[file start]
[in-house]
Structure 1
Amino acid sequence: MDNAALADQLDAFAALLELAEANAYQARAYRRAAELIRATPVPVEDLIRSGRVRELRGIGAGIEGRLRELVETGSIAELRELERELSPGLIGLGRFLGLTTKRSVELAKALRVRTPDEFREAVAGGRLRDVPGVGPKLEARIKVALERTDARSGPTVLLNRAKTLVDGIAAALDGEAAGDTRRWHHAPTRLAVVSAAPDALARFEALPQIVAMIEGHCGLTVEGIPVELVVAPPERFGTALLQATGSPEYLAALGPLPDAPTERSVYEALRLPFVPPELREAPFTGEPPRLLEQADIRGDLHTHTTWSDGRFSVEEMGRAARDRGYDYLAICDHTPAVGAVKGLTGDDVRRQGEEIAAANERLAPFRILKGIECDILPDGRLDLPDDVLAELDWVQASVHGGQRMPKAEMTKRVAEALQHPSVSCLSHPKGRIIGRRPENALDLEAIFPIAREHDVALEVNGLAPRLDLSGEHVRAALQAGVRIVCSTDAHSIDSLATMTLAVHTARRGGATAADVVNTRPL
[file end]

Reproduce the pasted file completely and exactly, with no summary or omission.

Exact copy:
[in-house]
Structure 1
Amino acid sequence: MDNAALADQLDAFAALLELAEANAYQARAYRRAAELIRATPVPVEDLIRSGRVRELRGIGAGIEGRLRELVETGSIAELRELERELSPGLIGLGRFLGLTTKRSVELAKALRVRTPDEFREAVAGGRLRDVPGVGPKLEARIKVALERTDARSGPTVLLNRAKTLVDGIAAALDGEAAGDTRRWHHAPTRLAVVSAAPDALARFEALPQIVAMIEGHCGLTVEGIPVELVVAPPERFGTALLQATGSPEYLAALGPLPDAPTERSVYEALRLPFVPPELREAPFTGEPPRLLEQADIRGDLHTHTTWSDGRFSVEEMGRAARDRGYDYLAICDHTPAVGAVKGLTGDDVRRQGEEIAAANERLAPFRILKGIECDILPDGRLDLPDDVLAELDWVQASVHGGQRMPKAEMTKRVAEALQHPSVSCLSHPKGRIIGRRPENALDLEAIFPIAREHDVALEVNGLAPRLDLSGEHVRAALQAGVRIVCSTDAHSIDSLATMTLAVHTARRGGATAADVVNTRPL